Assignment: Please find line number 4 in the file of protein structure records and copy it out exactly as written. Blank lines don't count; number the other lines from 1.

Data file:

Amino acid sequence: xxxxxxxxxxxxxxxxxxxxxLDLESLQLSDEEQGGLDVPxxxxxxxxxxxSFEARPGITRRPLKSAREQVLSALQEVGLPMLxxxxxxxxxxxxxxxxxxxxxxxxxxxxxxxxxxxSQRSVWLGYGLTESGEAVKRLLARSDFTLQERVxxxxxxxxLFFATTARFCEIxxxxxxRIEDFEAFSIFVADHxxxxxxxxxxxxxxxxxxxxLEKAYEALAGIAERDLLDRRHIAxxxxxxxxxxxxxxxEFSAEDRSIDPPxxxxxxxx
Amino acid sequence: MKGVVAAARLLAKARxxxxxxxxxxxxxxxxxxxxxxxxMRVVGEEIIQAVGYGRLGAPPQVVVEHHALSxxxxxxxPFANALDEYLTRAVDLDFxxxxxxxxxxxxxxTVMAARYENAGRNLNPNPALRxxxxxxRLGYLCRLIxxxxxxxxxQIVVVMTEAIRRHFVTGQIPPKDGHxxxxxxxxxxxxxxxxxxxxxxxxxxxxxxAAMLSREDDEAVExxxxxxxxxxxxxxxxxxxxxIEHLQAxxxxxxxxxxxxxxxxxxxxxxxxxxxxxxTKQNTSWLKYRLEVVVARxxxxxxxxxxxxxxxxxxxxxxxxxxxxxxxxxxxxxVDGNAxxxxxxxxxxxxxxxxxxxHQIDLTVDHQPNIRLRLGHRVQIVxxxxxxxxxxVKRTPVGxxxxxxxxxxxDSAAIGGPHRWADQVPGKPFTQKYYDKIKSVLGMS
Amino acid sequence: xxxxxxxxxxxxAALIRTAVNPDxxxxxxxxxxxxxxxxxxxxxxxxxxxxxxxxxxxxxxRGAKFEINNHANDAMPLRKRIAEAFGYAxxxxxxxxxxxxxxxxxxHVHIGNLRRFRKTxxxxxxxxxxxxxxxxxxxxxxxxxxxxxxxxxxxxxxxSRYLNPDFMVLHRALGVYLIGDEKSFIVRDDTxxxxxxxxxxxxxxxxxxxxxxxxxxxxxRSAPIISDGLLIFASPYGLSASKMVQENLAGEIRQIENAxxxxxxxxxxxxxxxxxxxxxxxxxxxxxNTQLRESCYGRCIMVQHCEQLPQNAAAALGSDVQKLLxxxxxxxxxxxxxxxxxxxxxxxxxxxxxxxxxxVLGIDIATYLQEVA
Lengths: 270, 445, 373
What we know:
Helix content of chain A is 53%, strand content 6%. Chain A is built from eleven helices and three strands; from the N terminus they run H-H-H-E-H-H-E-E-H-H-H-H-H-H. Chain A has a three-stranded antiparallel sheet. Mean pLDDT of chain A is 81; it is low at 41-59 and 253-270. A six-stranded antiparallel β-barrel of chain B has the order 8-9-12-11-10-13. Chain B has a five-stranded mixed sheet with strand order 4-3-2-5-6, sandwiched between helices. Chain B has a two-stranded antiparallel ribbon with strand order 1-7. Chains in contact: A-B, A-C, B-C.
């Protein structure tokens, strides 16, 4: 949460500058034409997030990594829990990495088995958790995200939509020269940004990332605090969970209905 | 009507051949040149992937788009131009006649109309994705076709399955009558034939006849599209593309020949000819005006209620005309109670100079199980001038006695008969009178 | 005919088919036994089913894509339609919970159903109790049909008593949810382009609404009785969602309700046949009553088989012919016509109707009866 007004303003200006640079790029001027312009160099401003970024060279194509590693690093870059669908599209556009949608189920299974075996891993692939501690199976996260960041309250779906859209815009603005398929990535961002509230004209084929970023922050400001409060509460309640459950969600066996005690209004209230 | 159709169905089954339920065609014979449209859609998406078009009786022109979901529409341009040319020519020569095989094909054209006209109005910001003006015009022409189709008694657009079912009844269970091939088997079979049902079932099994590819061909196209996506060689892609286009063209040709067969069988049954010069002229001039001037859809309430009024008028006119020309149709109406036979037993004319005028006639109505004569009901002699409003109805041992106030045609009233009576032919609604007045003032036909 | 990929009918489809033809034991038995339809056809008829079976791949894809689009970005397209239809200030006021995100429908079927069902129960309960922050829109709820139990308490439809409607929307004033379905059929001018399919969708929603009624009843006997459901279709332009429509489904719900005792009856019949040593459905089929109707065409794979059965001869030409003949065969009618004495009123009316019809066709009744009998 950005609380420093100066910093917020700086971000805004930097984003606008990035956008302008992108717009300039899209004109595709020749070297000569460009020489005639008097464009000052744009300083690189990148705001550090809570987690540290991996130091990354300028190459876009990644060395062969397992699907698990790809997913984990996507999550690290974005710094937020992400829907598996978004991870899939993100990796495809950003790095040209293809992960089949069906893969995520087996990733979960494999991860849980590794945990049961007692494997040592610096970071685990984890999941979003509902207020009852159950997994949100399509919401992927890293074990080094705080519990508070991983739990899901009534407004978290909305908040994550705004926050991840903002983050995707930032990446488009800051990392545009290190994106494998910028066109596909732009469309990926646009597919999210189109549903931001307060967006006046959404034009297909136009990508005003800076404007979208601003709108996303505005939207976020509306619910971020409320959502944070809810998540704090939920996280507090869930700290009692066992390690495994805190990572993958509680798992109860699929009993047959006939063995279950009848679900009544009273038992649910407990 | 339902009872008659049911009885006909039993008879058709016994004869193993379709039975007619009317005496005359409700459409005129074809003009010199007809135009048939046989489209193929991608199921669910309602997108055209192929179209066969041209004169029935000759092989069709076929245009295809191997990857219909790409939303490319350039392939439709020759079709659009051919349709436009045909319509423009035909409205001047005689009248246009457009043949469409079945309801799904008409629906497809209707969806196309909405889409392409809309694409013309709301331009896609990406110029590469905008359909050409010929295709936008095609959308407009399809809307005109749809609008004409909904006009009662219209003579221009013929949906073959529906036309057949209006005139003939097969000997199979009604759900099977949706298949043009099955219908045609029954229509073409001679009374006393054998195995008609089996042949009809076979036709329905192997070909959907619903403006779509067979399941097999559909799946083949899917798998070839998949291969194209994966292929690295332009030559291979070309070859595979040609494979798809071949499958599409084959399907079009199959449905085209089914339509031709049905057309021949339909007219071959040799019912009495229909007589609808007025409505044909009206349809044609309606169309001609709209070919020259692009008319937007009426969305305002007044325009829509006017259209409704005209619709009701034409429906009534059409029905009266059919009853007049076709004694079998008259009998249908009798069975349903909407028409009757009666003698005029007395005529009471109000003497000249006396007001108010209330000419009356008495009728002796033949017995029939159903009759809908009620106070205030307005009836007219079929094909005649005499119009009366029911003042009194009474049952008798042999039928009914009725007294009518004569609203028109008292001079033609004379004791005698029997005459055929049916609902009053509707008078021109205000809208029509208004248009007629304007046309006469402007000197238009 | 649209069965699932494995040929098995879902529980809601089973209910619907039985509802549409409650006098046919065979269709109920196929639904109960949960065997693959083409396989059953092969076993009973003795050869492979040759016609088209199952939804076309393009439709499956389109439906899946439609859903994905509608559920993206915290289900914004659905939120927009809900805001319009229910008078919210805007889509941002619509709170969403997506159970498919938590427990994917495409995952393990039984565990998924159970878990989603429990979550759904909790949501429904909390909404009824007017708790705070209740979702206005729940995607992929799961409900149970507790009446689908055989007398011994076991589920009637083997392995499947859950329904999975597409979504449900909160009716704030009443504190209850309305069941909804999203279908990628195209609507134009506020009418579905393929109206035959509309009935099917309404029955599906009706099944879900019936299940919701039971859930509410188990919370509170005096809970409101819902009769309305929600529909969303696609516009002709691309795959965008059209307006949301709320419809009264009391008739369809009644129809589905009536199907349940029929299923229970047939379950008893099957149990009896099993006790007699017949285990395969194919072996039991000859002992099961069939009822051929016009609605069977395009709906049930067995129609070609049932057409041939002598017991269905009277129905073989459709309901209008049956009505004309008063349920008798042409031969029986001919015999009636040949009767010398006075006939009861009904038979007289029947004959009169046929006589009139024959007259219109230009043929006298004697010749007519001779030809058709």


Lengths: 270, 445, 373